Usually, this is a very straightforward decision.
Categorical predictors, like treatment group, marital status, or highest educational degree should be specified as categorical.
Likewise, continuous predictors, like age, systolic blood pressure, or percentage of ground cover should be specified as continuous.
But there are numerical predictors that aren’t continuous. And these can sometimes make sense to treat as continuous and sometimes make sense as categorical.
Let’s look at a few examples.
Discrete Predictor Variables
Another type of discrete variable is when truly continuous variables are only measured at discrete intervals. For example, in longitudinal studies, time is often measured at discrete points: 1 week, 2 weeks, 4 weeks, 8 weeks, 16 weeks post treatment. Time could have been continuous had it been measured in days, hours, or minutes, but here it wasn’t.
This also happens in data sets where a potentially continuous variable has few values in the data set, intentionally or not. For example, when every single individual in the data set has one of three possible ages: 6, 8, and 10.
A clarification: I am not talking about grouping numerical values into categories, like all ages above 8 = old and all ages below 8 = young. I’m talking about making each value of age its own category.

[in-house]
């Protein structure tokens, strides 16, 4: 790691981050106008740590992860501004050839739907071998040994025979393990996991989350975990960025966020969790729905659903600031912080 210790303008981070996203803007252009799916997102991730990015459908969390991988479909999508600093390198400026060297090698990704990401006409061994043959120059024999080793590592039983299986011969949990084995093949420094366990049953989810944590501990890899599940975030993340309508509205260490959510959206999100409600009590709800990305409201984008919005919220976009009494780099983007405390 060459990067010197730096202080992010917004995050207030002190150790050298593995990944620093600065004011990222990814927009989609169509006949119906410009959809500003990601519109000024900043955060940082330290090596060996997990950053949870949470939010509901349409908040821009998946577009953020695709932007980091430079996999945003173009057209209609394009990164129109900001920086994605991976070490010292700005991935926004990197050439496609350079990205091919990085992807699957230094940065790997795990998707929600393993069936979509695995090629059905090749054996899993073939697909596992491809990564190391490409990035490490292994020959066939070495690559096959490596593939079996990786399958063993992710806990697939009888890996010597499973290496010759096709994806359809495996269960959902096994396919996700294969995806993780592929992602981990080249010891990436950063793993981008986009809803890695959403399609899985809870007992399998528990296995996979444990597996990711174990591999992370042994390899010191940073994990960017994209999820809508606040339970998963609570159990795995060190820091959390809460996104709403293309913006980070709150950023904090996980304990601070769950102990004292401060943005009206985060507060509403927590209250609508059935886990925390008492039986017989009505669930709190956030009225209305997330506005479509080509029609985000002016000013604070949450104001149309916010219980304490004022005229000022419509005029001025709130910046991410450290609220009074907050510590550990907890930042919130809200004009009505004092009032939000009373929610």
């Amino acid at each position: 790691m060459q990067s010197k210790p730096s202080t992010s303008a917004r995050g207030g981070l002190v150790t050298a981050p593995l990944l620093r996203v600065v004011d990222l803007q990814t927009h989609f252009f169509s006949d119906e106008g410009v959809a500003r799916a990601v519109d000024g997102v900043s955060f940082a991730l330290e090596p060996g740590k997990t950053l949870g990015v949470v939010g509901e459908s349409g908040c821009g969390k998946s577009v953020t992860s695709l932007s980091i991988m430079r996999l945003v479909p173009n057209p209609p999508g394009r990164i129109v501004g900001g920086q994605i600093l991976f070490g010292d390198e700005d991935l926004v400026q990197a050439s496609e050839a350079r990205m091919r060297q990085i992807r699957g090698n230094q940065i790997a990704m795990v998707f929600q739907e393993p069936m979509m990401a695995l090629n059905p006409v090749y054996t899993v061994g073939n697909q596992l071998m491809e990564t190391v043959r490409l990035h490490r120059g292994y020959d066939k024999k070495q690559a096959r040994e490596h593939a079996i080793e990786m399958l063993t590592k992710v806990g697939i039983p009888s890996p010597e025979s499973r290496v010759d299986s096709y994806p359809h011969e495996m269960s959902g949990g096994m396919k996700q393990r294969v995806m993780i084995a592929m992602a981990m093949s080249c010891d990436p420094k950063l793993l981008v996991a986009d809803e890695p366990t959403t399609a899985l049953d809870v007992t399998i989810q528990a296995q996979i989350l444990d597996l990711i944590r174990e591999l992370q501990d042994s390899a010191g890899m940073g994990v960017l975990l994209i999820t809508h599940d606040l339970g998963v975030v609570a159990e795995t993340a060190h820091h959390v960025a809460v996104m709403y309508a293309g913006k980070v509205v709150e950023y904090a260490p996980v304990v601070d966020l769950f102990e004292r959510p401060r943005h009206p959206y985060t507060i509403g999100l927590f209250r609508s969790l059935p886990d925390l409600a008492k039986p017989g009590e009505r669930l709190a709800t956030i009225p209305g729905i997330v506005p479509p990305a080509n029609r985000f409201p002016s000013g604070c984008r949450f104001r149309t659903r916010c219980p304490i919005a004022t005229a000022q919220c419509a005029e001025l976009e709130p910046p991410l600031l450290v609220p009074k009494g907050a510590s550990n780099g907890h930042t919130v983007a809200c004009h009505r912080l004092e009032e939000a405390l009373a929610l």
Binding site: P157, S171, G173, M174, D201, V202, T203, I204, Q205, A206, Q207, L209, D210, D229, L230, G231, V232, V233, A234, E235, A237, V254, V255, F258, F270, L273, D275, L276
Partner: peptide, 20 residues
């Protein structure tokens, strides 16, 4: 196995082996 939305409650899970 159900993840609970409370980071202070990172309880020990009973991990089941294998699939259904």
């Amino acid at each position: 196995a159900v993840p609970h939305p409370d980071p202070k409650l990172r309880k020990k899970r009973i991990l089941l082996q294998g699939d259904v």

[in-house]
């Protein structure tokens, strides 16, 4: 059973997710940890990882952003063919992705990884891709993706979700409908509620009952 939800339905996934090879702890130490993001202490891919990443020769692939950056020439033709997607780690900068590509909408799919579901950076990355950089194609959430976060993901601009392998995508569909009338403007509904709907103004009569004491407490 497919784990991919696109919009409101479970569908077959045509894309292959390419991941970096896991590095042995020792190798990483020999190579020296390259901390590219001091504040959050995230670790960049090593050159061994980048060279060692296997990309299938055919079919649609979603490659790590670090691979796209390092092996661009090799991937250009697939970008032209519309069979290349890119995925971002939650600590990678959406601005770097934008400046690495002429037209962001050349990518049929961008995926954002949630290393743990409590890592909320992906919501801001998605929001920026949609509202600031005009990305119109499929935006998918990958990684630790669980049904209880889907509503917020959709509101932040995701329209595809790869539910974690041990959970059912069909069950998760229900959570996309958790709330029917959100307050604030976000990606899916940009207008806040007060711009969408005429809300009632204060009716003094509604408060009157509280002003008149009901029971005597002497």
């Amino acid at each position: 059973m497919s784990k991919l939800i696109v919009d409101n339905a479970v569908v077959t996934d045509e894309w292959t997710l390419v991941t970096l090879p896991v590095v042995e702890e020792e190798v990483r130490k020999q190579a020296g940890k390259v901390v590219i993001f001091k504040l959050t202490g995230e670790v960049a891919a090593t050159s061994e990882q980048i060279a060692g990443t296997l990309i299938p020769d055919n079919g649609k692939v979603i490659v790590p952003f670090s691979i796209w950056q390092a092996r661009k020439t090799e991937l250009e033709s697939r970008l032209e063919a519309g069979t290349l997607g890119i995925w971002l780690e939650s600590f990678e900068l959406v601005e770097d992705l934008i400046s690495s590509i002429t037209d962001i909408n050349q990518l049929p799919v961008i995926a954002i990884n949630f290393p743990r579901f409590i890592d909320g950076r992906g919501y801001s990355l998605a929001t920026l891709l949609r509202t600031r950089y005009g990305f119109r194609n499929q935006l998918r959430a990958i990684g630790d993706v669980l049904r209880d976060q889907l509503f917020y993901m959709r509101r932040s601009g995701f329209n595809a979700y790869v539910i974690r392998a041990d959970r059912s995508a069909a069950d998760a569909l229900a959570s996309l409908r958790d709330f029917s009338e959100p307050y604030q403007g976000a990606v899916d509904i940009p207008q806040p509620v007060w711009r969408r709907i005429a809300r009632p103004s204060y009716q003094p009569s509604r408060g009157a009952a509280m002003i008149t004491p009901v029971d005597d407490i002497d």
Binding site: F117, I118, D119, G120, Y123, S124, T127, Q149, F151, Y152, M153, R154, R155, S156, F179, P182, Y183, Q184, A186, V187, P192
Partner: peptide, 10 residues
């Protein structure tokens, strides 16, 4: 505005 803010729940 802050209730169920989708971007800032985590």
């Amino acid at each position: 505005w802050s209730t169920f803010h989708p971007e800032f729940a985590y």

If you specify a predictor as continuous, the software will fit a best-fitting regression line between that predictor and Y, the response variable, after accounting for other variables in the model. The coefficient of that predictor is a slope of the regression line (shown in red).
Because a discrete predictor is numerical, fitting a line to it can be reasonable. Its values are true numbers with meaningful intervals between them.
If you specify a predictor as categorical, the software will estimate a mean of Y for each category of the predictor (shown below in red). There will be a set of coefficients for that predictor. Each one measures the difference in the means of Y between one category of X and the reference category.
So which do you use?
As always, it depends.
A few things to keep in mind as you decide:
Is your research question about a constant change over X or is it specifically about mean differences at specific values of X?
If it’s the former, fitting a line makes more sense. If it’s the latter, fitting a set of mean differences makes more sense. The whole point of your analysis is to answer a research question.
How many discrete values of X are there?
You need a minimum of 3 values of X to fit a line, but with only 3, it can be hard to tell if there really is a linear trend. The more values of X, the more cumbersome it is to have a set of mean differences and the more clearly you can fit a line (or a curve).
Is the actual relationship linear?
In our example, it isn’t so linear. Instead it looks like there is a jump downward somewhere between 4 and 8 weeks. It may not be realistic to fill in the times between our 5 measured times with a constant slope.
A set of 5 means may better tell the story in the data. A follow-up study with more time points may tell us a more complete story about whether there is a jump downward somewhere between 4 and 8 sessions or if there is a curve or straight line downward between 4 and 8.